Comic Relief will stop sending celebrities abroad in wake of ‘white saviour’ racism row, Richard Curtis tells MPs

Written by on June 12, 2019

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Comic Relief will stop sending celebrities abroad in the wake of its ‘white saviour’ racism row, the charity’s founder Richard Curtis has told MPs.  The organisation came under fire earlier this year after Labour MP David Lammy said it was “perpetuating tired and unhelpful stereotypes” by using “white saviours” to raise awareness of the poverty facing some Africans.  After the comments were made, the show suffered an £8m fall in donations and lost some 600,000 viewers compared to 2017.  Now, the film director and humanitarian says that he imagines that the future of the fundraising efforts “will not be based on celebrities going abroad.”  Taking questions from the International Development Select Committee, Mr Curtis said that Comic Relief didn’t act “robustly” to the criticism because it was just focused on raising money.  He added that “if people who live in this country with African backgrounds feel as though they’re sort of in some way demeaned or negatively affected by Comic Relief, then we really have to listen to that.”The row was sparked in February after BBC presenter Stacey Dooley posted a picture on Instagram with a young Ugandan child, along with the caption “OB.SESSSSSSSSSSED” and a picture of a broken heart.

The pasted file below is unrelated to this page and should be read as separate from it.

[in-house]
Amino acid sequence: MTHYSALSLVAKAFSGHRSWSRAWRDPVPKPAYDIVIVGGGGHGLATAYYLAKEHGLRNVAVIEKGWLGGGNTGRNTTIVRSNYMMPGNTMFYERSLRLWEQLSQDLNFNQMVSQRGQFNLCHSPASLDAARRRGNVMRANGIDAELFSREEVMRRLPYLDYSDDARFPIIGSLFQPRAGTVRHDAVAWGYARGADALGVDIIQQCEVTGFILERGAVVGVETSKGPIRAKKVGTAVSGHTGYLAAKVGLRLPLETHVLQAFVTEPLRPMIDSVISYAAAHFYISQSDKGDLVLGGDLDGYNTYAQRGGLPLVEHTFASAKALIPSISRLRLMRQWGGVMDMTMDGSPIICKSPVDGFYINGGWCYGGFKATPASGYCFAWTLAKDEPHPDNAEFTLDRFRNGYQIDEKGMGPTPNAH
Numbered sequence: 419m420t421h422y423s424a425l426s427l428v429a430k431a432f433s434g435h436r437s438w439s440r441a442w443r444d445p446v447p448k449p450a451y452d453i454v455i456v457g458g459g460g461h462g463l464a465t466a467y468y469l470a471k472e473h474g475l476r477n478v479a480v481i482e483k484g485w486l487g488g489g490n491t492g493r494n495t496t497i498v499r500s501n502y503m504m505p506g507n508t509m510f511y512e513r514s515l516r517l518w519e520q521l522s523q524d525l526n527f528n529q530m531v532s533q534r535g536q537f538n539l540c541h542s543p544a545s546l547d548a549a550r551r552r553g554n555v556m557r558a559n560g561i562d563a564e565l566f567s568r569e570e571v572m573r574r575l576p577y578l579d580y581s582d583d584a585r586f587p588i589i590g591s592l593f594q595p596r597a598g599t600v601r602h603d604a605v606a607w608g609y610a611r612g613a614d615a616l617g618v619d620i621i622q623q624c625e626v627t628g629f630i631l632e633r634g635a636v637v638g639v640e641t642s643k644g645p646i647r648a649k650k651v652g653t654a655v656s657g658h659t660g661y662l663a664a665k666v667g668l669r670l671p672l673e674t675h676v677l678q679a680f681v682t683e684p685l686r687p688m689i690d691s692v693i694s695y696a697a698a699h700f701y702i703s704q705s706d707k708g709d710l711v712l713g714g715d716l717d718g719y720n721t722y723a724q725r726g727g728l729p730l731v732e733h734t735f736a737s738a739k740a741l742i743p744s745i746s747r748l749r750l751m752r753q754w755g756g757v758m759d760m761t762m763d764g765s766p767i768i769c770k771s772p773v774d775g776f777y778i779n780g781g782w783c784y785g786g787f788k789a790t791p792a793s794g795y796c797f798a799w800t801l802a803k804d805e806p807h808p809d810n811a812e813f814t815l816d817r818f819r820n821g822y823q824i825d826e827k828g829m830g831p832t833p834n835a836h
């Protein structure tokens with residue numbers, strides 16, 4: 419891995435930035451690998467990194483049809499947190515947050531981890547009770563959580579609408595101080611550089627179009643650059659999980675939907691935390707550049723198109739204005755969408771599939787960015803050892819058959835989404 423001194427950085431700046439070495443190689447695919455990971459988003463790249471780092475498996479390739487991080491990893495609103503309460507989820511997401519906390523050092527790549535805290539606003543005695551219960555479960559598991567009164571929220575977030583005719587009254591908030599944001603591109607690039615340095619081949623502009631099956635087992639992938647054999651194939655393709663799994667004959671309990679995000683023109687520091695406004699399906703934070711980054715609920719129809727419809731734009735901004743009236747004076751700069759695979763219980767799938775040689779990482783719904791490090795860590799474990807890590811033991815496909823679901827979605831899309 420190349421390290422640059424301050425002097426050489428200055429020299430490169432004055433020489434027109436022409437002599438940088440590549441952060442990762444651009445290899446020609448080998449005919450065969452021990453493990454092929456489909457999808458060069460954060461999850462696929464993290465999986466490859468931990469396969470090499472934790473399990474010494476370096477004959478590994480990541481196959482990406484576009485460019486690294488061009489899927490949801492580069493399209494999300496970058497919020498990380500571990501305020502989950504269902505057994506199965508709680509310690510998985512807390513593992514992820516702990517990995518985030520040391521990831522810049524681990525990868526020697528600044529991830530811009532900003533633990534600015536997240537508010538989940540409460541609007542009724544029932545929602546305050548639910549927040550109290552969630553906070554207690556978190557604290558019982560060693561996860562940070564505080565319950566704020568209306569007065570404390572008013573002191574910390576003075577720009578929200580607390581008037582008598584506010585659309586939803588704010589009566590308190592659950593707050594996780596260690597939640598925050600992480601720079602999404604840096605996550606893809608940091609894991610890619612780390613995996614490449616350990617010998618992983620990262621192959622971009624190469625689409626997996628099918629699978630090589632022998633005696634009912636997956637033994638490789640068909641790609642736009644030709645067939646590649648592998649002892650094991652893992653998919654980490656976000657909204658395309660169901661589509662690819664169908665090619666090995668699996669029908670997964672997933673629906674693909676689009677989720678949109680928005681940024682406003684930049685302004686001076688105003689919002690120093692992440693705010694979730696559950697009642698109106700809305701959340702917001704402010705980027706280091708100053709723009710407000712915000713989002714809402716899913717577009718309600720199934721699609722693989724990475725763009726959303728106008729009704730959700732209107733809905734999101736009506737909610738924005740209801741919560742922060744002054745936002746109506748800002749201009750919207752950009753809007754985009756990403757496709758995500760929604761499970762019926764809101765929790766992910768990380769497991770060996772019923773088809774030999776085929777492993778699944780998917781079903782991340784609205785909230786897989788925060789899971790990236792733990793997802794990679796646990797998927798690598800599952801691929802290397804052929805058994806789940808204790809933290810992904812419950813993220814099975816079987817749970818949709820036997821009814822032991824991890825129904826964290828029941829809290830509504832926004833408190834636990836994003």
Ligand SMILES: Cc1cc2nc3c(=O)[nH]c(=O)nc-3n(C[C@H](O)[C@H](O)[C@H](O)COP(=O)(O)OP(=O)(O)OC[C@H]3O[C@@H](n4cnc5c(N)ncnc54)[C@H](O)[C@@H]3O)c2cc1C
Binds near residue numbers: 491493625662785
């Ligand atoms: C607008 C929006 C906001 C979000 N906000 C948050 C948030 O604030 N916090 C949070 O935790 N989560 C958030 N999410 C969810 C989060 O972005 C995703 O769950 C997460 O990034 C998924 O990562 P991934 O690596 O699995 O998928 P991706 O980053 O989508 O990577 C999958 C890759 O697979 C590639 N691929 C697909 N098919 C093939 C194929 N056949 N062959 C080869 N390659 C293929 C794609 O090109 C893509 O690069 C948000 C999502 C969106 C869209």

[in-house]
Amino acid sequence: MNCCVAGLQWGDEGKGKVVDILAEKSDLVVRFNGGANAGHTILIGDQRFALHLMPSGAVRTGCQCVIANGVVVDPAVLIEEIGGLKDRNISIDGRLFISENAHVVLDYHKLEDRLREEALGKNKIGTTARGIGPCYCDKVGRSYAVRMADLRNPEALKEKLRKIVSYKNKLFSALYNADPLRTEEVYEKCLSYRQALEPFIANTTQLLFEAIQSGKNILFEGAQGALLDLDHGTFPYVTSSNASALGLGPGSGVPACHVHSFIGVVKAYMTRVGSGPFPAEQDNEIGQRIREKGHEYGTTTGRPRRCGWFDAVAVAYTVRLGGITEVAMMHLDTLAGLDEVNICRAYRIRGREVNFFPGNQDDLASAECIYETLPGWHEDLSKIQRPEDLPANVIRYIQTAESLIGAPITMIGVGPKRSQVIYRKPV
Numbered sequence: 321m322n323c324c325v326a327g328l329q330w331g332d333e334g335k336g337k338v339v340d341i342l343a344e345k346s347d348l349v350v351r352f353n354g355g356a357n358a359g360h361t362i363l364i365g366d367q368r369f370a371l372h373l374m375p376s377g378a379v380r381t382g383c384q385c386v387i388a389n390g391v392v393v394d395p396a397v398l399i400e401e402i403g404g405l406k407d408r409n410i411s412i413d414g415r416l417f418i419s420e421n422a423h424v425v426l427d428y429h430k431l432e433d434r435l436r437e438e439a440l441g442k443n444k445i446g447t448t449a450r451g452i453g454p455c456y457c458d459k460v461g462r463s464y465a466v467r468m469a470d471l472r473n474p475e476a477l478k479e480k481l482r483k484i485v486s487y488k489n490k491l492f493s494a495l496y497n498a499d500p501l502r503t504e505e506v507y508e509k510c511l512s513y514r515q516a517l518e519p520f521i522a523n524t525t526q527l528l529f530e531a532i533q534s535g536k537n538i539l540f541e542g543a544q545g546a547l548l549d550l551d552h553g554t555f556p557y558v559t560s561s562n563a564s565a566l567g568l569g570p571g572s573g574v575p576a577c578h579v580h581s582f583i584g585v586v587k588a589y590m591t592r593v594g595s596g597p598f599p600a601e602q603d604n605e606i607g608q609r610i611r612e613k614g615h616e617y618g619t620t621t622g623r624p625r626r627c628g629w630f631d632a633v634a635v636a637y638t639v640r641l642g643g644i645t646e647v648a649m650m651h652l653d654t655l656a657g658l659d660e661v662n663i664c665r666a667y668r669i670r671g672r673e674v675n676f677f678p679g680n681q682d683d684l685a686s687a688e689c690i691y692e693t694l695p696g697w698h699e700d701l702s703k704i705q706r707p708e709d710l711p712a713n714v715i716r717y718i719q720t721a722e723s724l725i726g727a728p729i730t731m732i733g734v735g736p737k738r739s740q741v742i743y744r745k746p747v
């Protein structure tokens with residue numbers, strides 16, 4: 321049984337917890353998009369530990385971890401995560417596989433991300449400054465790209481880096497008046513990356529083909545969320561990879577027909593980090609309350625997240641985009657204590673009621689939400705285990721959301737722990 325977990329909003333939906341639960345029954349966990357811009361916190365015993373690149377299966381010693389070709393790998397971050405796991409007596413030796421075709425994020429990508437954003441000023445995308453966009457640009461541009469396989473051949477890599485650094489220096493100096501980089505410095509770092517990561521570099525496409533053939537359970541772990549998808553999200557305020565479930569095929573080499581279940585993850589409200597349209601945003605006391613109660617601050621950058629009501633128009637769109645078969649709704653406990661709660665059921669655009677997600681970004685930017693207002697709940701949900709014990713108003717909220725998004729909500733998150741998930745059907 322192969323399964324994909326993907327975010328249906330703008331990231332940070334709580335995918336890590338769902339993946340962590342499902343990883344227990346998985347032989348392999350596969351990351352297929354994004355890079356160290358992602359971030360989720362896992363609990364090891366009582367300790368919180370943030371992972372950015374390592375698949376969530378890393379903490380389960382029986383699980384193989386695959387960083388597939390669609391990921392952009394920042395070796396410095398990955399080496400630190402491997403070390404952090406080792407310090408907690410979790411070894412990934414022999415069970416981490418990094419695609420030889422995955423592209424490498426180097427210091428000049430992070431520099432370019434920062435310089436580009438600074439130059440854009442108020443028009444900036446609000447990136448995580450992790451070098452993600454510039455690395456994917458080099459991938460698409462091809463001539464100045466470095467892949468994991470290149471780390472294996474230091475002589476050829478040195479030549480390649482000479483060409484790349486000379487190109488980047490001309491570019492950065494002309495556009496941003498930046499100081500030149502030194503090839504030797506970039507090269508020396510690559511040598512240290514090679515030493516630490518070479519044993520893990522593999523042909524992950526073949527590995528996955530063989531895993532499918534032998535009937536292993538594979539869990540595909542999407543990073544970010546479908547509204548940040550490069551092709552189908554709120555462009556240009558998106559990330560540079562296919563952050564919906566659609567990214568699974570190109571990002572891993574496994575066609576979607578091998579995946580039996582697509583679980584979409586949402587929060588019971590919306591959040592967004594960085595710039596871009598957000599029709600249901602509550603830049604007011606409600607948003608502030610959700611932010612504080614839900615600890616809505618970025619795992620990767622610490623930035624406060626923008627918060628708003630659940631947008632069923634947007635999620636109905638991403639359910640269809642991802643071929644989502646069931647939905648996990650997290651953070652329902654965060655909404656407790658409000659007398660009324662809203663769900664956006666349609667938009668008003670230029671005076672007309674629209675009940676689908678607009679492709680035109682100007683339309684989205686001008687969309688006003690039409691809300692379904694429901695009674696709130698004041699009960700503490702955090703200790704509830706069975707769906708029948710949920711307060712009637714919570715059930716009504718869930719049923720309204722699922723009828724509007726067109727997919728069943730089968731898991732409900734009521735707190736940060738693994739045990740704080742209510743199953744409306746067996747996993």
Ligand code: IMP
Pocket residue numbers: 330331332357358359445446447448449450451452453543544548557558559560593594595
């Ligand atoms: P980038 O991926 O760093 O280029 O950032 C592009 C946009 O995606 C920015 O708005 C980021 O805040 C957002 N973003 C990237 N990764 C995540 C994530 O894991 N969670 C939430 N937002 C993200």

She was in the country on behalf of Comic Relief.  Mr Lammy, MP for Tottenham tweeted: “The world does not need any more white saviours. As I’ve said before, this just perpetuates tired and unhelpful stereotypes. Let’s instead promote voices from across the continent of Africa and have serious debate.”  He added: “The history of colonialism in Africa means race is important. Stacey’s Instagram posts continue a very long established trope of white female heroine with orphan black child with little or no agency or parents in sight. Comic relief do this because it makes people give money.”  In the wake of the controversy, the charity raised £63.5m, compared with £71.3m in 2017.

 

 


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